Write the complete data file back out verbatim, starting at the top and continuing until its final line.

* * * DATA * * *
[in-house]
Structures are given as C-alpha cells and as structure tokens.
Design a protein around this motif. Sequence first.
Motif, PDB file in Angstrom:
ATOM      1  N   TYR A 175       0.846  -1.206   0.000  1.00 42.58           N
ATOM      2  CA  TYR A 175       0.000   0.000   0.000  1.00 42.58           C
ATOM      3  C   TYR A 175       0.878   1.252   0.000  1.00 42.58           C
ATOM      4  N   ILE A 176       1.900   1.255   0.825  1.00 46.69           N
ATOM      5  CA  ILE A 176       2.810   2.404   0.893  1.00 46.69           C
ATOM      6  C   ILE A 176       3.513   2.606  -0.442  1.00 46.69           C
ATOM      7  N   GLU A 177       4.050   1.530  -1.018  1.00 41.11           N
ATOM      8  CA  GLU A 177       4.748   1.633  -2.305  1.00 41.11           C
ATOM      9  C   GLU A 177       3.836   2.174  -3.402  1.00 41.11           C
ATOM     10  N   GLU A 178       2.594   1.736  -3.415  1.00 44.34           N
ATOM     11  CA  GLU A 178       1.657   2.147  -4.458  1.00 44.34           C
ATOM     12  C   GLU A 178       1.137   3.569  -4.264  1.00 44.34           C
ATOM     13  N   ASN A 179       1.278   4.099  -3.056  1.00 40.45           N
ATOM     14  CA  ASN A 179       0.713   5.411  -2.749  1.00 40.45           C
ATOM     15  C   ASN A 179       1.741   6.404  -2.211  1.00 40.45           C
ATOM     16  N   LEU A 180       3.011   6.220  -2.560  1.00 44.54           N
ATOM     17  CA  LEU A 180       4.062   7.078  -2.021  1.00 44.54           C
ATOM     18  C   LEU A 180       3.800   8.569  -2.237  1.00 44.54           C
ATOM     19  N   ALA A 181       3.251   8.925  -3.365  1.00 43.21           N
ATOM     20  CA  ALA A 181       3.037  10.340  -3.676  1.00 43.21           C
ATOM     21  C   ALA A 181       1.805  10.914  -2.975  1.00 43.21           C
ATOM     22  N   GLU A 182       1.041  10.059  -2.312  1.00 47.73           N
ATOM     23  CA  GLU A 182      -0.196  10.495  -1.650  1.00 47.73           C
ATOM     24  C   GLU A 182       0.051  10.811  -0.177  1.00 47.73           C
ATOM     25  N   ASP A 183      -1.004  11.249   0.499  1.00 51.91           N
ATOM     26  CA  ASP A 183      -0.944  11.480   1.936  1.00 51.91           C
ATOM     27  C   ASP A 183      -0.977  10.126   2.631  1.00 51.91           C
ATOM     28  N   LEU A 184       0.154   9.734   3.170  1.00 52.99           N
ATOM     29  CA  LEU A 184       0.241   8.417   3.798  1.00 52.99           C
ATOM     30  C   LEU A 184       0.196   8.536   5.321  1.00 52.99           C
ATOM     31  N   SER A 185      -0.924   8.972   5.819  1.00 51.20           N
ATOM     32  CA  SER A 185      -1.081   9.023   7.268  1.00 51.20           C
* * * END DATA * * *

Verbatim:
[in-house]
Structures are given as C-alpha cells and as structure tokens.
Design a protein around this motif. Sequence first.
Motif, PDB file in Angstrom:
ATOM      1  N   TYR A 175       0.846  -1.206   0.000  1.00 42.58           N
ATOM      2  CA  TYR A 175       0.000   0.000   0.000  1.00 42.58           C
ATOM      3  C   TYR A 175       0.878   1.252   0.000  1.00 42.58           C
ATOM      4  N   ILE A 176       1.900   1.255   0.825  1.00 46.69           N
ATOM      5  CA  ILE A 176       2.810   2.404   0.893  1.00 46.69           C
ATOM      6  C   ILE A 176       3.513   2.606  -0.442  1.00 46.69           C
ATOM      7  N   GLU A 177       4.050   1.530  -1.018  1.00 41.11           N
ATOM      8  CA  GLU A 177       4.748   1.633  -2.305  1.00 41.11           C
ATOM      9  C   GLU A 177       3.836   2.174  -3.402  1.00 41.11           C
ATOM     10  N   GLU A 178       2.594   1.736  -3.415  1.00 44.34           N
ATOM     11  CA  GLU A 178       1.657   2.147  -4.458  1.00 44.34           C
ATOM     12  C   GLU A 178       1.137   3.569  -4.264  1.00 44.34           C
ATOM     13  N   ASN A 179       1.278   4.099  -3.056  1.00 40.45           N
ATOM     14  CA  ASN A 179       0.713   5.411  -2.749  1.00 40.45           C
ATOM     15  C   ASN A 179       1.741   6.404  -2.211  1.00 40.45           C
ATOM     16  N   LEU A 180       3.011   6.220  -2.560  1.00 44.54           N
ATOM     17  CA  LEU A 180       4.062   7.078  -2.021  1.00 44.54           C
ATOM     18  C   LEU A 180       3.800   8.569  -2.237  1.00 44.54           C
ATOM     19  N   ALA A 181       3.251   8.925  -3.365  1.00 43.21           N
ATOM     20  CA  ALA A 181       3.037  10.340  -3.676  1.00 43.21           C
ATOM     21  C   ALA A 181       1.805  10.914  -2.975  1.00 43.21           C
ATOM     22  N   GLU A 182       1.041  10.059  -2.312  1.00 47.73           N
ATOM     23  CA  GLU A 182      -0.196  10.495  -1.650  1.00 47.73           C
ATOM     24  C   GLU A 182       0.051  10.811  -0.177  1.00 47.73           C
ATOM     25  N   ASP A 183      -1.004  11.249   0.499  1.00 51.91           N
ATOM     26  CA  ASP A 183      -0.944  11.480   1.936  1.00 51.91           C
ATOM     27  C   ASP A 183      -0.977  10.126   2.631  1.00 51.91           C
ATOM     28  N   LEU A 184       0.154   9.734   3.170  1.00 52.99           N
ATOM     29  CA  LEU A 184       0.241   8.417   3.798  1.00 52.99           C
ATOM     30  C   LEU A 184       0.196   8.536   5.321  1.00 52.99           C
ATOM     31  N   SER A 185      -0.924   8.972   5.819  1.00 51.20           N
ATOM     32  CA  SER A 185      -1.081   9.023   7.268  1.00 51.20           C